Preying on wolves

Ex-stripper faces sentencing for drugging Wall Street guys, maxing out credit cards

Signage pictured at the Grand Opening of Hustler Club on December 11, 2003 in Beverly Hills, California. (Photo by Giulio Marcocchi/Getty Images)

What happens when the largesse of Wall Street collides with an enterprising group of strippers? A modern-day Robin Hood tale emerges. So goes the story recounted by New York magazine’s The Cut blog. It centers on Roselyn “Rosie” Keo who is currently facing felony charges for a scheme in which she and other former strippers would take guys out to clubs, drug them with spiked drinks, and max out their credit cards while they were blacked out. Jessica Pressler, the article’s author, points out that Rosie has a rather dicey relationship with the truth, so it’s worth taking some of the more sensational details of her account with a grain of salt — or maybe a bolder. Rosie met Samantha Barbash, one of the top moneymakers at Larry Flynt’s Hustler Club, while working as a stripper at various Manhattan clubs. Samantha, 31 at the time she met Rosie, stopped dancing and began running a crew of girls who’d engage in “fishing,” picking men up and bringing them back to the clubs. It had all the makings of being club promotion, but according to Rosie, it ended up going way further.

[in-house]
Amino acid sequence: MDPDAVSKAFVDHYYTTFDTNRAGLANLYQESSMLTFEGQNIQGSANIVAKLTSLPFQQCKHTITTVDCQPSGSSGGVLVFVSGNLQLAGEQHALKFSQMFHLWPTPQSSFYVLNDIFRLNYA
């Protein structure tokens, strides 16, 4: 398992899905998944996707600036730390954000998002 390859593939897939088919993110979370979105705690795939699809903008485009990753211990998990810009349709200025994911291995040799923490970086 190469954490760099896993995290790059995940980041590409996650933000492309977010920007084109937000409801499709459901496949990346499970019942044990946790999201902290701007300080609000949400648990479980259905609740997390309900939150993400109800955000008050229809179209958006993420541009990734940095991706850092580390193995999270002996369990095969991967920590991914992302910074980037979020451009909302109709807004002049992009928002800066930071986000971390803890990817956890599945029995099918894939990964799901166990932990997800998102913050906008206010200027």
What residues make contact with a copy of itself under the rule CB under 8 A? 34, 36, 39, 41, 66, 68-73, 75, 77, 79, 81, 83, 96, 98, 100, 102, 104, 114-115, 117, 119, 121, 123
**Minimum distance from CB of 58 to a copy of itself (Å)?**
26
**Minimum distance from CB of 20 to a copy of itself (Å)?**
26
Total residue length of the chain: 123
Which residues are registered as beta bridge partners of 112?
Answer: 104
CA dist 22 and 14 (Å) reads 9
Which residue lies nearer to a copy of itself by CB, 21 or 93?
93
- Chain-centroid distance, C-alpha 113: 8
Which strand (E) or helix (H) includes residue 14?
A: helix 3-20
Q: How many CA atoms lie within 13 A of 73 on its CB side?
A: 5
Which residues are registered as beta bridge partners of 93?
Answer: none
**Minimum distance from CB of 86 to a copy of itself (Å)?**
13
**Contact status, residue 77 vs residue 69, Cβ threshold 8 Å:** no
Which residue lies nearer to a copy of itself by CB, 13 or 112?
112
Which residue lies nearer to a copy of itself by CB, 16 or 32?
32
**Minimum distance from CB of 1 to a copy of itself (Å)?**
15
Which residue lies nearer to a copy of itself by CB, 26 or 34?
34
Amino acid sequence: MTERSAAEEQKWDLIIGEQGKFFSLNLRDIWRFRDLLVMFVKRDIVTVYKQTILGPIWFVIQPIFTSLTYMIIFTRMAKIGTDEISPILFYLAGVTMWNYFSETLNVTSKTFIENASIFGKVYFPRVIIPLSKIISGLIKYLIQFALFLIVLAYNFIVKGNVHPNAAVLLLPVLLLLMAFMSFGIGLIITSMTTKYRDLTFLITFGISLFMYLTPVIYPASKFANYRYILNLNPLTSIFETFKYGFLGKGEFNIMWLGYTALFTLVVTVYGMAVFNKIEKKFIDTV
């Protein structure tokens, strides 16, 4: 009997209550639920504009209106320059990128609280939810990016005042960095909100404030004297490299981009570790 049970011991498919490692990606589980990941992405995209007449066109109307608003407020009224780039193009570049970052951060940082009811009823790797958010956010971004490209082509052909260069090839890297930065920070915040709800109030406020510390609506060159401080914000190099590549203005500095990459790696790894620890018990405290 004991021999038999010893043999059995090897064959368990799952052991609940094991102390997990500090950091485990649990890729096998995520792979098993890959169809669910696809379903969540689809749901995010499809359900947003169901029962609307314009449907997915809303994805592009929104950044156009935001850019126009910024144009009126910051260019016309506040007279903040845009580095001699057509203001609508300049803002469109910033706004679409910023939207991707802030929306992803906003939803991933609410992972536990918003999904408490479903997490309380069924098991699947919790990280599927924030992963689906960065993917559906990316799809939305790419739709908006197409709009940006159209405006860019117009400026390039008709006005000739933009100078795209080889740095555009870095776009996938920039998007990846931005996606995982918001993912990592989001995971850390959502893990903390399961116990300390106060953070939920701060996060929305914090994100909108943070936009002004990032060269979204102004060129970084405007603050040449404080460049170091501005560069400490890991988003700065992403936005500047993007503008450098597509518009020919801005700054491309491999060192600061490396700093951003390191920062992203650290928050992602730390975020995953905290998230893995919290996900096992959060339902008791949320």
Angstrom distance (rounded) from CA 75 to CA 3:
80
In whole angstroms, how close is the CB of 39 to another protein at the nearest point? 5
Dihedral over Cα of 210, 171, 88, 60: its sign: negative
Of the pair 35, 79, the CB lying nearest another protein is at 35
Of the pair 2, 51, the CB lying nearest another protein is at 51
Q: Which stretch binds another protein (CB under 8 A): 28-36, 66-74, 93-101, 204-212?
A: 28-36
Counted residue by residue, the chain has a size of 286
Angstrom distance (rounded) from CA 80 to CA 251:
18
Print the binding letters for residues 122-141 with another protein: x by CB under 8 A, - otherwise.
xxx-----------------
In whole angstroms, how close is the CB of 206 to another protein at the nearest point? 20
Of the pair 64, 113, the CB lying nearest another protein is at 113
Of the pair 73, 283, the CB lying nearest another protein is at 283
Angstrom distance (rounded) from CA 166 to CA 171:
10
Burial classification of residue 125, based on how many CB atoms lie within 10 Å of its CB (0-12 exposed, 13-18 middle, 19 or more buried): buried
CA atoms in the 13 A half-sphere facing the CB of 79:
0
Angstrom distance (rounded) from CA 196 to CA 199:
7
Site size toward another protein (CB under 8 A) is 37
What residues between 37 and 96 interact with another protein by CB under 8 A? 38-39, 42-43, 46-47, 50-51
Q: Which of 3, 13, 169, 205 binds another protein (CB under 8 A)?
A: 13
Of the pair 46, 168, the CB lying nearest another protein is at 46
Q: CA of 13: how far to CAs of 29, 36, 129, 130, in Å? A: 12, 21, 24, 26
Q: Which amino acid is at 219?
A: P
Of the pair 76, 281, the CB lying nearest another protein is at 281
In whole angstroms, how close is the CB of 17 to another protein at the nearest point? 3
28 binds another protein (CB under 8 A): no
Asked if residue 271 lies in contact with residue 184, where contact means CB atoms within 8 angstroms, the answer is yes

Samantha had a secret key to success: a special drink spiked with MDMA and ketamine. She would max out her clients’ credit cards, “mostly Wall Street guys,” according to Samantha, while they were too drugged to realize what was happening. Though some of the men would try to recover their money, the burden of proof and the personal cost of filing a formal complaint meant the scheme was more or less foolproof. Rosie wanted in, and soon was co-running the organization along with Samantha, she said. They were pulling in hundreds of thousands of dollars and were running the operation like any above-board business. But after they took advantage of the wrong client, the police got involved and everything unraveled. Rosie, who’s set to be sentenced in February, now says she hopes to one day become a motivational speaker like Jordan Belfort, the banker made famous by The Wolf of Wall Street.

Read the full story at New York magazine’s The Cut.

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